Definition and epidemiology
Neuromyelitis optica (NMO) is an inflammatory demyelinating disease of the central nervous system characterised mainly by optic neuritis and acute longitudinally extensive (> 3 vertebral segments) transverse myelitis. It’s associated with anti-aquaporin 4 antibodies (anti-AQP4 antibodies).
It mostly occurs in 40 – 60 year olds. The clinical features may be similar to MS so it’s important to distinguish them.
The patient has recurring attacks of severe symptoms which become progressively worse and worse.
The symptoms of optic neuritis may be unilateral or bilateral and can be impaired vision with or without retrobulbar pain. The symptoms of transverse myelitis are bilateral and may be symmetric paraplaegia, sensory loss, and bladder dysfunction.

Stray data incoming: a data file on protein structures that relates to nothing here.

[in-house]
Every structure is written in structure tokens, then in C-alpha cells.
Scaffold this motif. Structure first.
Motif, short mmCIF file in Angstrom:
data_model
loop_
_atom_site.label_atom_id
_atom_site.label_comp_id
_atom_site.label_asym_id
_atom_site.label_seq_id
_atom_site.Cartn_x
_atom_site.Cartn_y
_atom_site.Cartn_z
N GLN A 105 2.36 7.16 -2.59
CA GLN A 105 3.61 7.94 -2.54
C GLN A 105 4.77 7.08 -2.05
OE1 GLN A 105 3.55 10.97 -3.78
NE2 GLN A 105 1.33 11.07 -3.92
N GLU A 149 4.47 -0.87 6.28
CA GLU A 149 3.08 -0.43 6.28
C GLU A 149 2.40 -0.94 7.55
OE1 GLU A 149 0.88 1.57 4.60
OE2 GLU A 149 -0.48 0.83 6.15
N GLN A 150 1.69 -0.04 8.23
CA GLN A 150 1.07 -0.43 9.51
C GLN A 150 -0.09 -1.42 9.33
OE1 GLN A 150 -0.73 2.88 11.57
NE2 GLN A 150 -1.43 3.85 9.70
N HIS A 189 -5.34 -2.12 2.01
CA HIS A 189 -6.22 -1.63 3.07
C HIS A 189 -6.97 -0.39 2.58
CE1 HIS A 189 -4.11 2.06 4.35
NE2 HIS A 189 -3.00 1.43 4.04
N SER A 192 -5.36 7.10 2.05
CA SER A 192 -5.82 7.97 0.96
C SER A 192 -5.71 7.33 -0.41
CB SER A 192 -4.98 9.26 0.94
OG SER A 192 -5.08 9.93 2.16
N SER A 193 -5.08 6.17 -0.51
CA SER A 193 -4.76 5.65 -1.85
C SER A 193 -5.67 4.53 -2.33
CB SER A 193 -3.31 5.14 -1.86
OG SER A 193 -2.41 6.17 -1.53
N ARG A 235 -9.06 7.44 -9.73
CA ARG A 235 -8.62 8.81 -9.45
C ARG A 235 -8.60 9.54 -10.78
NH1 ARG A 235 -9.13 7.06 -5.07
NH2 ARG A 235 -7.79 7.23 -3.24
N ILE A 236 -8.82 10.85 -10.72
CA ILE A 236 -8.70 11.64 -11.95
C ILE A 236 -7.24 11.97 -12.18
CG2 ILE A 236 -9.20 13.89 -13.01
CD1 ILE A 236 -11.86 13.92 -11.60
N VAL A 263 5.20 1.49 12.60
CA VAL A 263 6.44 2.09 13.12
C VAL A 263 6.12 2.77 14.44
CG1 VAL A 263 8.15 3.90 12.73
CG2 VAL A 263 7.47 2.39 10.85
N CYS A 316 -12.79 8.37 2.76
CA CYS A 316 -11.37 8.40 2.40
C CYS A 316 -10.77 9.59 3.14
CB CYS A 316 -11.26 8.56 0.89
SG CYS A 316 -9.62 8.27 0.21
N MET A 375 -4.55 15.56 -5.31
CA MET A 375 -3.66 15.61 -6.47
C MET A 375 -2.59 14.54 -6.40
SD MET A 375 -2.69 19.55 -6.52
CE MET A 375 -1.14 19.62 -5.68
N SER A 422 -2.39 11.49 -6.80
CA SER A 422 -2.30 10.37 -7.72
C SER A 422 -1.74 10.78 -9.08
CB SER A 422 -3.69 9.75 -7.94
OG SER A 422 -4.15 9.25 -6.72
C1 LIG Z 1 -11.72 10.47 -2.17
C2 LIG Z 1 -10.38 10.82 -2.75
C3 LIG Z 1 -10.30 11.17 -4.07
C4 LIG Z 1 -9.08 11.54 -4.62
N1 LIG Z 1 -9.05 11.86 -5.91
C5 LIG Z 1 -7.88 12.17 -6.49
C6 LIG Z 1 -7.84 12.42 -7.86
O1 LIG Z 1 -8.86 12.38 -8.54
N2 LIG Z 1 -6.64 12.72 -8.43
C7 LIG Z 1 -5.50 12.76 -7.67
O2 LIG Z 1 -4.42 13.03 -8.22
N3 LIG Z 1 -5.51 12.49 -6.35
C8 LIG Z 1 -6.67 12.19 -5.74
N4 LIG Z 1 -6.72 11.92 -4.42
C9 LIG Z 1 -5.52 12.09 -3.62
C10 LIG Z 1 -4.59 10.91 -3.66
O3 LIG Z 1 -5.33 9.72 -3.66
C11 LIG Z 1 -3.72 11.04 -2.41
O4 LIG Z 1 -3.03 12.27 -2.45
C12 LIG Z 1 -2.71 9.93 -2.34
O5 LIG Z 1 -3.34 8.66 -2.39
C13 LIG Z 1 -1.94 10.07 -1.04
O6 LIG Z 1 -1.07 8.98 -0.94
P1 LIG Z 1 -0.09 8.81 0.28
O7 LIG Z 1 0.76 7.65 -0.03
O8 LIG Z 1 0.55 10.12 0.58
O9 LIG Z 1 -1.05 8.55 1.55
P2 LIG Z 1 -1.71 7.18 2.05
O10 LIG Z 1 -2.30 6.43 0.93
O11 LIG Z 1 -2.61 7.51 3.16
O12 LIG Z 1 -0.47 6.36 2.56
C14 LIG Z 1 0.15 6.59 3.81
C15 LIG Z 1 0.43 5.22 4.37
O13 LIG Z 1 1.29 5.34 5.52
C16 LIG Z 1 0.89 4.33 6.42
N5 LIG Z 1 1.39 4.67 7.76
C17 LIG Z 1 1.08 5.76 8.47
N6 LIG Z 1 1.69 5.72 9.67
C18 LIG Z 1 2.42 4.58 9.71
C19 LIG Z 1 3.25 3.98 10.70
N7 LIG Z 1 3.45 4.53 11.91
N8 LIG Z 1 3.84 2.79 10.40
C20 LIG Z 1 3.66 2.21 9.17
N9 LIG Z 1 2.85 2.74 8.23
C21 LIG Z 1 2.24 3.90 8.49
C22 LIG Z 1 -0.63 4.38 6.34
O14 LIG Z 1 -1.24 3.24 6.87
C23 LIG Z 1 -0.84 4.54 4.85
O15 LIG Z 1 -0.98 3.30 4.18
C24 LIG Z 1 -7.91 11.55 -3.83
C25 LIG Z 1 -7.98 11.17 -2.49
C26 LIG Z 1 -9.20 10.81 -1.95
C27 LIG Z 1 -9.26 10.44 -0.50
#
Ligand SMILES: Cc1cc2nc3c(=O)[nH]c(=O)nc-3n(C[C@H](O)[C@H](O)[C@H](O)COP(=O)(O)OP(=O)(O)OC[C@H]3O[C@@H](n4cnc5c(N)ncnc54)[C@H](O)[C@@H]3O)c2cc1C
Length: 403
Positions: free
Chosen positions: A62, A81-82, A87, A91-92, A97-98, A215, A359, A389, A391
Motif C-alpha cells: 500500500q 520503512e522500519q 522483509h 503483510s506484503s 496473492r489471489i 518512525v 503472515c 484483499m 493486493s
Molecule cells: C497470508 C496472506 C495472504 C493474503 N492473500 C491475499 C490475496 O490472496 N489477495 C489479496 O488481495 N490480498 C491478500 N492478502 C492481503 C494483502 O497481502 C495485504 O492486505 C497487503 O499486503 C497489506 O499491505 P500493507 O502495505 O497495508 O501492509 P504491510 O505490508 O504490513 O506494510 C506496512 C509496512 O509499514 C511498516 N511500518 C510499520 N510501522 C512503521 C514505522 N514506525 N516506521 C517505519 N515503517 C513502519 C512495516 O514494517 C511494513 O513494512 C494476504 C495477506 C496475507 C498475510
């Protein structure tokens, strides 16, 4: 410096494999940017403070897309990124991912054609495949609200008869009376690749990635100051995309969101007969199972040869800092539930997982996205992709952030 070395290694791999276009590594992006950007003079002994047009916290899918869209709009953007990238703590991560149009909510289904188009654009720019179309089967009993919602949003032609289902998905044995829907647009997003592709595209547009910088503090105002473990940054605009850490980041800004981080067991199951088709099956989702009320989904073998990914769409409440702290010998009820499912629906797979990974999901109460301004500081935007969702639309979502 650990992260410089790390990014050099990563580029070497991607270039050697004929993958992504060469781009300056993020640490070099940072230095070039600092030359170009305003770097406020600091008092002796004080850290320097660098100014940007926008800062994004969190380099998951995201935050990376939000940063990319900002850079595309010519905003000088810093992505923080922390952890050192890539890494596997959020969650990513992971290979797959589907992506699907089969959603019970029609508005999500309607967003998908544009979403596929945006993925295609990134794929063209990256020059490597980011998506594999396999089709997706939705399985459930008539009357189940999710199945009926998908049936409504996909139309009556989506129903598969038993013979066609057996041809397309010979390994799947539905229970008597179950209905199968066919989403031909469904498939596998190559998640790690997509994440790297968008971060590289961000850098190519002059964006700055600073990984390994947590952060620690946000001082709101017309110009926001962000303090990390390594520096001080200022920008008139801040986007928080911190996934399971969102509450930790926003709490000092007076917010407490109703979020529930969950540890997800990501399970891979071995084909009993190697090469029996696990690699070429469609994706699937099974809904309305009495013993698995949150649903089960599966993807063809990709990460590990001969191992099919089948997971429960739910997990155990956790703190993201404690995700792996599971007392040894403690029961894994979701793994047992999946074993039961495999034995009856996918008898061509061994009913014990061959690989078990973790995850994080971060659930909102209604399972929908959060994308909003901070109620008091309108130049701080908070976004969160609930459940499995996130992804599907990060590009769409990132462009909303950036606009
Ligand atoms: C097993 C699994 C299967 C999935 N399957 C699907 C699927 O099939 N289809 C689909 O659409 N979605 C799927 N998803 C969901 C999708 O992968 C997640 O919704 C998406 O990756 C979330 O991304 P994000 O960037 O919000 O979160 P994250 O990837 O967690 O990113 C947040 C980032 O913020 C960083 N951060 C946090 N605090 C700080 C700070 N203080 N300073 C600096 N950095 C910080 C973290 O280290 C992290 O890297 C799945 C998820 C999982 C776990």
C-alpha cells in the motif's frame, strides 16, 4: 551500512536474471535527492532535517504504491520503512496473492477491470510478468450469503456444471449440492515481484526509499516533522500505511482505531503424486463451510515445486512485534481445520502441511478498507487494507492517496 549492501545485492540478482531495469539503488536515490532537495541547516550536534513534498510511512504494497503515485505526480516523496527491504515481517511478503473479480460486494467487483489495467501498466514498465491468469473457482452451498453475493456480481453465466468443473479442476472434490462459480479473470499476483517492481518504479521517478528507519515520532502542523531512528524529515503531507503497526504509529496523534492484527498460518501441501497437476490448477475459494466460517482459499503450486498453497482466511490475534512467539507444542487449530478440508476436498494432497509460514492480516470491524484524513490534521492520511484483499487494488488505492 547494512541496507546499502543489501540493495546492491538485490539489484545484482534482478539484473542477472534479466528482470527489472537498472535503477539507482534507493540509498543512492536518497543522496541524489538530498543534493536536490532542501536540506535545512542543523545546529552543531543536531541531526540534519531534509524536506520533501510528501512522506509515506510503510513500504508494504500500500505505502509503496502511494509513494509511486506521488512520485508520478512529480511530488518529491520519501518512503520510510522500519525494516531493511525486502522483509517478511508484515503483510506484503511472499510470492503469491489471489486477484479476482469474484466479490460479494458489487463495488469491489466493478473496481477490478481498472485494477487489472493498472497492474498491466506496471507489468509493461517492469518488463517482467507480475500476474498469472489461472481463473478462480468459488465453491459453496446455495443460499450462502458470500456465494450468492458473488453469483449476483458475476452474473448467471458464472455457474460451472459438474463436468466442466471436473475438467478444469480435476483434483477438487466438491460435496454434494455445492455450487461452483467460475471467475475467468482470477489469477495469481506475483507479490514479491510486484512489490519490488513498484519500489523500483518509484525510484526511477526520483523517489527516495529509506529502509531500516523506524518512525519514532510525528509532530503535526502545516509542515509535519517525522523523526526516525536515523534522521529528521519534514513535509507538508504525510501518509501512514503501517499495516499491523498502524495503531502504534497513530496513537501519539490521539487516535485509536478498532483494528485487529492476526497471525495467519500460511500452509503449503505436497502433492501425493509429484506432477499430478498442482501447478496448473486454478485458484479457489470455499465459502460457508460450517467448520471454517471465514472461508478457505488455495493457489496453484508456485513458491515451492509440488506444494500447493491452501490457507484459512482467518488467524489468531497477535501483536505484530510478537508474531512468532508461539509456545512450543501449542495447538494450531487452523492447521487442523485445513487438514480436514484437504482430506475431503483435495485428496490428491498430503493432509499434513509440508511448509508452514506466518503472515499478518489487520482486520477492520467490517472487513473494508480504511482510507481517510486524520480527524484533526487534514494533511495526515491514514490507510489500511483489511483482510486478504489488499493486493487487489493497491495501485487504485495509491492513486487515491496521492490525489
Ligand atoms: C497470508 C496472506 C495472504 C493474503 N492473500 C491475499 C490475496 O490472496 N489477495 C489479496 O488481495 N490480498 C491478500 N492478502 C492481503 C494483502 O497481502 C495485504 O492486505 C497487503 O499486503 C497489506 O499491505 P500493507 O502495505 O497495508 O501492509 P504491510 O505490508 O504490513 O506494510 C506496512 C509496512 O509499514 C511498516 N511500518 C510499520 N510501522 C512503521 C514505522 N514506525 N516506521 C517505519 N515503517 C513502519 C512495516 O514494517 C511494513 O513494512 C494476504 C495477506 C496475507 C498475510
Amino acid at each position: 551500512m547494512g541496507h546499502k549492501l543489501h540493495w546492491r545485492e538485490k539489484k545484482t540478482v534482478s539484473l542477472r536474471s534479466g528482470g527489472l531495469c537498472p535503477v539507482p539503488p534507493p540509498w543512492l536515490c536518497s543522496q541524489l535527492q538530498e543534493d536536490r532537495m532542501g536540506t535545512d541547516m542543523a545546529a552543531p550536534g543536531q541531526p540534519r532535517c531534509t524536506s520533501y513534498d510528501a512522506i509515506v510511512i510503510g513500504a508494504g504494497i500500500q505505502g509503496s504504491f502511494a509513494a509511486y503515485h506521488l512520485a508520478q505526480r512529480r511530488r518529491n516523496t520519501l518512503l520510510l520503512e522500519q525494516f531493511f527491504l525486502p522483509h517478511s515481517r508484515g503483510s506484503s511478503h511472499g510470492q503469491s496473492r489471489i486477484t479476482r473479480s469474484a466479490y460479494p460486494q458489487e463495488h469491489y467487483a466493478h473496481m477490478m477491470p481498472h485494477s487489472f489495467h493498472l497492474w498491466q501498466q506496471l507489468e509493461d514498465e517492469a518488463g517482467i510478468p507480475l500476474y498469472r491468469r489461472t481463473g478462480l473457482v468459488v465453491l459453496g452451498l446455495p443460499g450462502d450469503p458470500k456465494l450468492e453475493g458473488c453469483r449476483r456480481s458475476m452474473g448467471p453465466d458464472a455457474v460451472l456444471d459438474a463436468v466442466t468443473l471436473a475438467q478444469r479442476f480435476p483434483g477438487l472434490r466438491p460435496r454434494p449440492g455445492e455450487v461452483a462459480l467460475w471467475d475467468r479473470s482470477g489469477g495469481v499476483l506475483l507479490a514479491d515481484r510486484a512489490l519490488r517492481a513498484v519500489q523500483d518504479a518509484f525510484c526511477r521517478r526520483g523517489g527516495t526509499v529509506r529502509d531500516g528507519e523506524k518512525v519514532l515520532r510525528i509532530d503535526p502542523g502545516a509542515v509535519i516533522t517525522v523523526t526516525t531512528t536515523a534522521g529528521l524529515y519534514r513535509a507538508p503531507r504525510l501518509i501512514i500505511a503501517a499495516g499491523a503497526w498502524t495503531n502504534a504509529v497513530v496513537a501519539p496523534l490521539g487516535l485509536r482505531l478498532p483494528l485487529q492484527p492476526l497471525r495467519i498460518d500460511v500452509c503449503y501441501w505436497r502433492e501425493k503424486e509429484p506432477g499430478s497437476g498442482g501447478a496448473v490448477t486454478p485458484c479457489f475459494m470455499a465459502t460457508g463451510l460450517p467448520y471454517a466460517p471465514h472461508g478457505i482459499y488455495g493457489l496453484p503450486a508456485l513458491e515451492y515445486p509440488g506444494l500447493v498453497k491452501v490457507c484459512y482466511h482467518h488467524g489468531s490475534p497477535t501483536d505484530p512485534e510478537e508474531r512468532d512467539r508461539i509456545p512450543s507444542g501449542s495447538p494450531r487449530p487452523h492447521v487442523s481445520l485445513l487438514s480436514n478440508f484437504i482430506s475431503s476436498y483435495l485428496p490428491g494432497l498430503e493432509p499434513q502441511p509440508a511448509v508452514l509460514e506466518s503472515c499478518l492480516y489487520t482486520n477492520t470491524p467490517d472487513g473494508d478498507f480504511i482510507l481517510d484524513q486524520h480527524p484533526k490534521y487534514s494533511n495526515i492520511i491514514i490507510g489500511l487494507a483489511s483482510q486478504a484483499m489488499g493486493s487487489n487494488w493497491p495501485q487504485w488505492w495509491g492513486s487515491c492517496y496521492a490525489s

The patient may also have area postrema syndrome, where they experience severe nausea and vomiting.
Diagnosis and evaluation
Serology shows the anti-AQP4 antibodies. MRi shows transverse inflammation and demyelination of the spinal cord which spans 3 or more segments. CSF should also be performed to rule out MS. The CSF in NMO is unremarkable.
Unlike in MS, the MRi shows no lesions in the brain itself.
In acute relapses we use plasma exchange. The chronic treatment is usually steroids + azathioprine.
15A. Trigeminal neuralgia
16A. Clinical symptoms of insufficient blood supply in territory of carotid and vertebral artery